Where you live in a state also helps determine premiums. So a low-income driver in Hartford is rated as a higher risk than a wealthy driver in Danbury.

In Connecticut there’s no way to drive legally without insurance. In fact, all states except New Hampshire require drivers to purchase at the very least a basic liability policy that covers damages to others but not the policyholder’s losses.

Other studies, using other methods, also show Connecticut drivers pay high premiums.

A recent analysis by Insure.com, an insurance rating web site, determined that a comprehensive policy for a single, 40-year-old man in Connecticut with a clean driving record and a new car cost $1,723 last year. That was the nation’s 11th highest average annual premium . New Jersey was 12th at $1,697 and New York was 33rd at $1,369.

The study was based on rates obtained for more than 750 models of new cars insured by the nation’s biggest companies: Allstate, Farmers, GEICO, Nationwide, Progressive and State Farm.

In the Insure.com report, Louisiana had the highest  average car insurance premium,  $2,699, and Maine the lowest at $966.

Amy Danise, editorial director of Insure.com, said the high cost of living in Connecticut is also likely to push costs up.

“A lot of people in Connecticut have nicer cars and when they get smashed it costs more money to fix them,” Danise said.

There’s evidence medical costs are also pushing insurance rates up. According to the NAIC report, the average car crash claim that included injuries was worth an average of  $12,437 nationally and $19,231 in Connecticut.

Weisbart of the Insurance Information Institute said medical costs are likely to account for much of the difference.

Connecticut’s auto insurance rates are likely to continue to climb. The Connecticut Insurance Department allowed auto insurers in the state to raise premiums  nearly 12 percent in the past five years. The  average hike for 2012 was nearly 3 percent.

There isn’t much Connecticut drivers can do to lower their rates, other than clean up their driving and credit records, marry, purchase cheaper and safer cars, lower the amount of coverage and  raise deductibles.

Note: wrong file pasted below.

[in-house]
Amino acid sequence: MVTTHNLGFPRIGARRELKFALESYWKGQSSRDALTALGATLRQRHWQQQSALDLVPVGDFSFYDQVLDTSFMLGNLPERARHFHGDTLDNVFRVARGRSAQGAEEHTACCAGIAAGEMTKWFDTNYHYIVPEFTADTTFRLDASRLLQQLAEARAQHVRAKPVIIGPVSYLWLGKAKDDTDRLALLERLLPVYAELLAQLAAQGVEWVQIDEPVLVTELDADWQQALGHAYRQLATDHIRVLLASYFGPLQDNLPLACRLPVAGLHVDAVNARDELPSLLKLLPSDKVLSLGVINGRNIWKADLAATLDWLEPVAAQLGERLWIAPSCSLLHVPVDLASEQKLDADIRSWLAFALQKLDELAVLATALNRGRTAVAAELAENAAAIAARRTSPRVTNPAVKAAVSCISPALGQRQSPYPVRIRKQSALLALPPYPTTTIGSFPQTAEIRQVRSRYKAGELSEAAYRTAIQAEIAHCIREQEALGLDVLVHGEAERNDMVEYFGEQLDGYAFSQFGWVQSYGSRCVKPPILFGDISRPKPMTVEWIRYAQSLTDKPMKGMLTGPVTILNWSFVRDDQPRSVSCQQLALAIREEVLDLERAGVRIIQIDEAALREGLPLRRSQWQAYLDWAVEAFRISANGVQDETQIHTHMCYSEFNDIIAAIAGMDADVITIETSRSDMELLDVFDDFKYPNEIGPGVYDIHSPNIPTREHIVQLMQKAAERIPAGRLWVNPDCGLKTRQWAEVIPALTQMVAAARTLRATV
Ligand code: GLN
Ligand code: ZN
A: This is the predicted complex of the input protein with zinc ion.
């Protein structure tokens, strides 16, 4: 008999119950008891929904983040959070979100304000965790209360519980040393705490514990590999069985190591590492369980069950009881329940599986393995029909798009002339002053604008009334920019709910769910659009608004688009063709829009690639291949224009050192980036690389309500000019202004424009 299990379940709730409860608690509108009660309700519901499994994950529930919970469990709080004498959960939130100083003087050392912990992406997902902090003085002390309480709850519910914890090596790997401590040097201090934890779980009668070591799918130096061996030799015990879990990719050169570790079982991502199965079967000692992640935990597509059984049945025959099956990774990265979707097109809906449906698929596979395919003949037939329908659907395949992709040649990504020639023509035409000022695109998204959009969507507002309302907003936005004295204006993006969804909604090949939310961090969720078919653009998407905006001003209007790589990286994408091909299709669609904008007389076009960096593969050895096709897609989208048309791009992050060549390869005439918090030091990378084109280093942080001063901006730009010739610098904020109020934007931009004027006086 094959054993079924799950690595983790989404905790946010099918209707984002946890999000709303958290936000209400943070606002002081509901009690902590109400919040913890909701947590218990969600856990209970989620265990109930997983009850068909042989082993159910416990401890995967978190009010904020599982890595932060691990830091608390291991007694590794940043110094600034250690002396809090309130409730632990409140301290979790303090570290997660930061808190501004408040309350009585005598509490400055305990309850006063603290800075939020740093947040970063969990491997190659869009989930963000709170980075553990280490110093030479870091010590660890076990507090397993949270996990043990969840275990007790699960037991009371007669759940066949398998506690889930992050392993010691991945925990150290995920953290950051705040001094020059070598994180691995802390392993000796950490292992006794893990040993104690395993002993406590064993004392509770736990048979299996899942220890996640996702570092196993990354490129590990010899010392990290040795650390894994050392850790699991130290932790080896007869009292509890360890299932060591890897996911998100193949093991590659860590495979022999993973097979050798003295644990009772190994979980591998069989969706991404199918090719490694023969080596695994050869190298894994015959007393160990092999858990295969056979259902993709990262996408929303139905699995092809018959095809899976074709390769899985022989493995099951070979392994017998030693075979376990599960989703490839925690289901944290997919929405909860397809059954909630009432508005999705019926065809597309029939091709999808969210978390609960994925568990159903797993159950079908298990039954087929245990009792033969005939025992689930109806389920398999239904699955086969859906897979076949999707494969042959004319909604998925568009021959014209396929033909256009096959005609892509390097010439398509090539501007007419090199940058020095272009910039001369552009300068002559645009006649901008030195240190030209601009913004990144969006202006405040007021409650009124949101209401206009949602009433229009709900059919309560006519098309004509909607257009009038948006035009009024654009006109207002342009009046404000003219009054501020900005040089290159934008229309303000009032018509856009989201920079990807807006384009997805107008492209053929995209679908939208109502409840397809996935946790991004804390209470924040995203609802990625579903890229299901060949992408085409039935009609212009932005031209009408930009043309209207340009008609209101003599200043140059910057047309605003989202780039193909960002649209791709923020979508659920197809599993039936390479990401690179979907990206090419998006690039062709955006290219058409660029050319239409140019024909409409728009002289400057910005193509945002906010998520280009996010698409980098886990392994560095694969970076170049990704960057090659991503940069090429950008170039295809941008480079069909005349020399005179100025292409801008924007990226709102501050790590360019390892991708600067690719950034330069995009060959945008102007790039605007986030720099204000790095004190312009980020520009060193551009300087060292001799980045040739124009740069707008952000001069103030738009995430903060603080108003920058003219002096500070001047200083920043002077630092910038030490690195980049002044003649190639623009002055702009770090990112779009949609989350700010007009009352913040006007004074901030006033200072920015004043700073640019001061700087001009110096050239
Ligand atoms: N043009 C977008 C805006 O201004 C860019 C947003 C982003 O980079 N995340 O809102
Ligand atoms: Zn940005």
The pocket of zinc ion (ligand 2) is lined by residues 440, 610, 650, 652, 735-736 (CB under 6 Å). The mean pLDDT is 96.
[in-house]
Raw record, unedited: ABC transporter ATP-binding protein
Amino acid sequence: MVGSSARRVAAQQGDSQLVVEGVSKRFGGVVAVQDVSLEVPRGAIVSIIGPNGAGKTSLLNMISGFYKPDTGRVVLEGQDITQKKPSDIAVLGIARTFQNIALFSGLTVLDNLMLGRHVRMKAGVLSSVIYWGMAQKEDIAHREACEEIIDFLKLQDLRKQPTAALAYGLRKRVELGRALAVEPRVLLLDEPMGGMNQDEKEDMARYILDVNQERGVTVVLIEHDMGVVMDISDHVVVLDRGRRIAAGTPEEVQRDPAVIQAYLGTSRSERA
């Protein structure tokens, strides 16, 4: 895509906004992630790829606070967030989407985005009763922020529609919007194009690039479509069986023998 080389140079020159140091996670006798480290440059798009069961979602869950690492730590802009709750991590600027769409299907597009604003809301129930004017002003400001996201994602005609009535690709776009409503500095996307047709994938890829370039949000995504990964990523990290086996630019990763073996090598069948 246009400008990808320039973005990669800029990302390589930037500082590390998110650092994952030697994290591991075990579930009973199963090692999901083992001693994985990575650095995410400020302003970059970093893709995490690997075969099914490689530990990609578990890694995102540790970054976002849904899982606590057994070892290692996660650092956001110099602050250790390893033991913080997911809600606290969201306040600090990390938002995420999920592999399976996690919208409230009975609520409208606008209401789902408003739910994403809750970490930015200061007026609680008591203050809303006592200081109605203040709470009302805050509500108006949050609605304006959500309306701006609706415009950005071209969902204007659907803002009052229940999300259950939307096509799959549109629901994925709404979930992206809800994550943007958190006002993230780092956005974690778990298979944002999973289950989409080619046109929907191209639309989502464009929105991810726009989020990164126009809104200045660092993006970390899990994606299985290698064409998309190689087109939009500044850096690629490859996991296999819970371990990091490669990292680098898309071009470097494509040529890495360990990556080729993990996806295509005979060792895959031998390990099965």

Connecticut drivers can also shop for the best deal. Connecticut Insurance Department spokeswoman Donna Tommelleo said there are more than 100 companies providing automobile coverage in the state and that should provide competition, although a handful of big carriers dominate the market.

Peter Kochenburger, executive director of the Insurance Law Center at the University of Connecticut, also promoted making insurers compete for your business.

“The idea is, you are going to force prices down even if regulators allow high rates here than in Massachusetts or Kentucky,” he said.

Suffering from high auto insurance rates 25 years ago, California decided to do what no other state, including Connecticut, has done.

California voters approved Proposition 103 in 1988 requiring  auto, homeowners, medical malpractice and other business insurance companies to publicly justify and get rates approved by the state insurance commissioner before taking effect.

The law created an elected insurance commissioner, required auto insurance rates be based primarily on driving record, miles driven and experience, and prohibited insurance companies from discriminating against drivers based on ZIP code or whether they had previously been insured.

The result, said the Consumer Federation of America, is that Californians spent less per year on auto insurance in 2010 than they did in 1989. The average auto insurance premium in California in 2010 was $746.